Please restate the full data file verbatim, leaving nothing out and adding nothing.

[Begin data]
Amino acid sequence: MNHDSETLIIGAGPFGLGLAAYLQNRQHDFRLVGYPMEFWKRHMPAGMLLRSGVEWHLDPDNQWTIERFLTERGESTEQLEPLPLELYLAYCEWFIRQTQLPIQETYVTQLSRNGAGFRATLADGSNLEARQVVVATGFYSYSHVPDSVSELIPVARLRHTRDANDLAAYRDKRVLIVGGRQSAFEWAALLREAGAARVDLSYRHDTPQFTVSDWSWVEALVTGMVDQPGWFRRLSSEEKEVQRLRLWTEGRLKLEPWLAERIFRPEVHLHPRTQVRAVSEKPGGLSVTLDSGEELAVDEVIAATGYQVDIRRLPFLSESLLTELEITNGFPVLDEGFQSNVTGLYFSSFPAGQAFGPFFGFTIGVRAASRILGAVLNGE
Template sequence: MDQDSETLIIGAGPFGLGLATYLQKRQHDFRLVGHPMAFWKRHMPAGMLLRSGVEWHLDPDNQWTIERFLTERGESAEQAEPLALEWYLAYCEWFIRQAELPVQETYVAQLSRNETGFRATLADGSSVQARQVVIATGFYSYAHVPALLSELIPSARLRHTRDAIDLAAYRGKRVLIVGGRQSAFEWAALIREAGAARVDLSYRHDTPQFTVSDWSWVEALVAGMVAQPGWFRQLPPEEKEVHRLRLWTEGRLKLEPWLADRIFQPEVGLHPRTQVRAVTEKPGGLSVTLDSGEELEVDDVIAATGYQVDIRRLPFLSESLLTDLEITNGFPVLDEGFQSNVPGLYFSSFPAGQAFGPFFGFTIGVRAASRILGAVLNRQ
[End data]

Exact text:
Amino acid sequence: MNHDSETLIIGAGPFGLGLAAYLQNRQHDFRLVGYPMEFWKRHMPAGMLLRSGVEWHLDPDNQWTIERFLTERGESTEQLEPLPLELYLAYCEWFIRQTQLPIQETYVTQLSRNGAGFRATLADGSNLEARQVVVATGFYSYSHVPDSVSELIPVARLRHTRDANDLAAYRDKRVLIVGGRQSAFEWAALLREAGAARVDLSYRHDTPQFTVSDWSWVEALVTGMVDQPGWFRRLSSEEKEVQRLRLWTEGRLKLEPWLAERIFRPEVHLHPRTQVRAVSEKPGGLSVTLDSGEELAVDEVIAATGYQVDIRRLPFLSESLLTELEITNGFPVLDEGFQSNVTGLYFSSFPAGQAFGPFFGFTIGVRAASRILGAVLNGE
Template sequence: MDQDSETLIIGAGPFGLGLATYLQKRQHDFRLVGHPMAFWKRHMPAGMLLRSGVEWHLDPDNQWTIERFLTERGESAEQAEPLALEWYLAYCEWFIRQAELPVQETYVAQLSRNETGFRATLADGSSVQARQVVIATGFYSYAHVPALLSELIPSARLRHTRDAIDLAAYRGKRVLIVGGRQSAFEWAALIREAGAARVDLSYRHDTPQFTVSDWSWVEALVAGMVAQPGWFRQLPPEEKEVHRLRLWTEGRLKLEPWLADRIFQPEVGLHPRTQVRAVTEKPGGLSVTLDSGEELEVDDVIAATGYQVDIRRLPFLSESLLTDLEITNGFPVLDEGFQSNVPGLYFSSFPAGQAFGPFFGFTIGVRAASRILGAVLNRQ